He was also known as Asaph (the minstrel of the court of King David). He was David’s adviser and co-wrote some of the Psalms with David-each of them also wrote their own Psalms. In fact, you can easily find nearly all of Jesus’ final words OR the comments made by others around him (while he was up on the cross) to be words directly out of Psalms.
For example, in both Psalms and the New Testament you can find references to the statement, “My God, My God, Why hast thou forsaken me,” as well as “It is finished . . . Father, into your hands I surrender my spirit.”
MORE ABOUT PSALMS
The shortest chapter in the entire Bible is Psalms 117.
The longest chapter in the Bible is Psalms 119.
The chapter in the center of the Bible is Psalms 118.
Fact: There are 594 chapters before Psalms 118.
Fact: There are 594 chapters after Psalms 118.
Add 594 + 594 and the answer is 1188.
The center verse of the Bible happens to be Psalms 118:8.
So…what does this special verse say? Psalms 118:8 “It is better to trust in God than to put confidence in things of this world.”
Jesus was raised by the Essenes (the most devout spiritual community in history), as were his parents and other relatives–including John the Baptist.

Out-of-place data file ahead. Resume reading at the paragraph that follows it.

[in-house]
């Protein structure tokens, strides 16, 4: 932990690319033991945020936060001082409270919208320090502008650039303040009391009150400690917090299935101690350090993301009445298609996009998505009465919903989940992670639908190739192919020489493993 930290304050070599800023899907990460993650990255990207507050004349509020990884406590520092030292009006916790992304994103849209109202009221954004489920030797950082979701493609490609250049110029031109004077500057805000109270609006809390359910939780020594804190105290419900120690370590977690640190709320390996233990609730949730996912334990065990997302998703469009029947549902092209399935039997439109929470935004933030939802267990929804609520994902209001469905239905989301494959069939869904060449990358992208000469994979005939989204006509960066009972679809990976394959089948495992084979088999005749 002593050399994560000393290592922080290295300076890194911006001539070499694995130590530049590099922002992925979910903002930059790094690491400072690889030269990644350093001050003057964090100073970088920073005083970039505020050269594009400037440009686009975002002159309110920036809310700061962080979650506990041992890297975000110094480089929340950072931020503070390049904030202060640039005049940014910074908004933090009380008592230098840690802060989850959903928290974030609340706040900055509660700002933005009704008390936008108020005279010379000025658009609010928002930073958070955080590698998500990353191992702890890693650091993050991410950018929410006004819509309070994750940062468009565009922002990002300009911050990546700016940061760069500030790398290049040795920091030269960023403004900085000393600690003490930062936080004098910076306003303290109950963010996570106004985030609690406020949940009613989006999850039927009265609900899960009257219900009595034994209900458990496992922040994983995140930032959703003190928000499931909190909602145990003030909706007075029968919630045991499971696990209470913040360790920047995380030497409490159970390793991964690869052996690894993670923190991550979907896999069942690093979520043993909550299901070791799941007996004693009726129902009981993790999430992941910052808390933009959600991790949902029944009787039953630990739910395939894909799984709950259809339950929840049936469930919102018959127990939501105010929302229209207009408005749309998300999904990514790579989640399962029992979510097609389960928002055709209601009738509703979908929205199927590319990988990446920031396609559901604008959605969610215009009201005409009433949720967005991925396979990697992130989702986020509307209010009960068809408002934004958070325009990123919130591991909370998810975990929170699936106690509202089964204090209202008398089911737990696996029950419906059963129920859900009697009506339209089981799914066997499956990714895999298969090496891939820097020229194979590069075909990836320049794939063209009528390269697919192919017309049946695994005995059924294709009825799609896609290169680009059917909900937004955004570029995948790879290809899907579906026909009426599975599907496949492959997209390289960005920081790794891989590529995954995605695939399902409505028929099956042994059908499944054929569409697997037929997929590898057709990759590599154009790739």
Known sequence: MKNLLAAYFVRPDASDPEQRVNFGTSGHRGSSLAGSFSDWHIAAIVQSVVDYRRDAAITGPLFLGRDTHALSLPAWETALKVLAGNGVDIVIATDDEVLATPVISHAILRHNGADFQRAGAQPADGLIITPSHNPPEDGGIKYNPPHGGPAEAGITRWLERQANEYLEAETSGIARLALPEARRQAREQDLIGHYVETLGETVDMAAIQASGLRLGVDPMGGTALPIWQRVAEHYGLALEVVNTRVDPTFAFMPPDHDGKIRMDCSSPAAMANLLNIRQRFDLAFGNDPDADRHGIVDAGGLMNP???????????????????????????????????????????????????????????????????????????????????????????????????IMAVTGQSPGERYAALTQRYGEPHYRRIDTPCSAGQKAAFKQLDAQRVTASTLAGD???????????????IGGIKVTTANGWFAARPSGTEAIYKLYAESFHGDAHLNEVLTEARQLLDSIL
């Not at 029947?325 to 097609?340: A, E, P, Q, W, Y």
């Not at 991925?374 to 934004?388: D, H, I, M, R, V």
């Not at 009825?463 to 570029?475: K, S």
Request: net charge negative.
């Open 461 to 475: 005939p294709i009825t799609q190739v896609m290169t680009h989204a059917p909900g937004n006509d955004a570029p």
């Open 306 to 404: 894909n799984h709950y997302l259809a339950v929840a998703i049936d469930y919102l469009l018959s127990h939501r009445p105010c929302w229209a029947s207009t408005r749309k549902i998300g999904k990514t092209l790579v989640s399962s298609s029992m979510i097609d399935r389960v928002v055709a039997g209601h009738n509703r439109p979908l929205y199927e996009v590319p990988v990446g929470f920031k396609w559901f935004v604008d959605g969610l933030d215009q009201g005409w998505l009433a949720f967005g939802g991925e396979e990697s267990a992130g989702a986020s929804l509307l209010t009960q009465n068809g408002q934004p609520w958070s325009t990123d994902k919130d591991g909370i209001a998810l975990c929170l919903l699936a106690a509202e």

He was six feet tall, weighed 175lbs, and wore a pearl gray/white seamless robe. His hair was long, reddish brown-even golden at times and slightly curly. His eyes were blue/gray in color. He was sometimes stern but also happy and had good humor.
At his last supper, he participated in an ancient Jewish ritual of sharing bread and wine, which was a traditional symbol of “brotherly love.” This was consistent with the Gospel of John, wherein Jesus refers to his Apostles as his friends and not merely students.
The last supper closes with Jesus leading the others in dancing and singing the 91st Psalm: “He that dwelleth in the secret place of the Most High shall abide under the shadow of the Almighty.” They also shared other spiritual songs/dances.
Pilot was warned by his wife, who was an Essene sympathizer, to have nothing to do with condemning Jesus to death.
It is both ironic and tragic that the man (Barabbas) who broke God’s laws was released but the man who broke the laws of this world was crucified.
Jesus was crucified at the age of 33 on April 3rd, 33AD. The crucifixion took place on Golgotha or Calvary-meaning the place of the skull.
THE CRUCIFIXION (SELF-INVENTORY)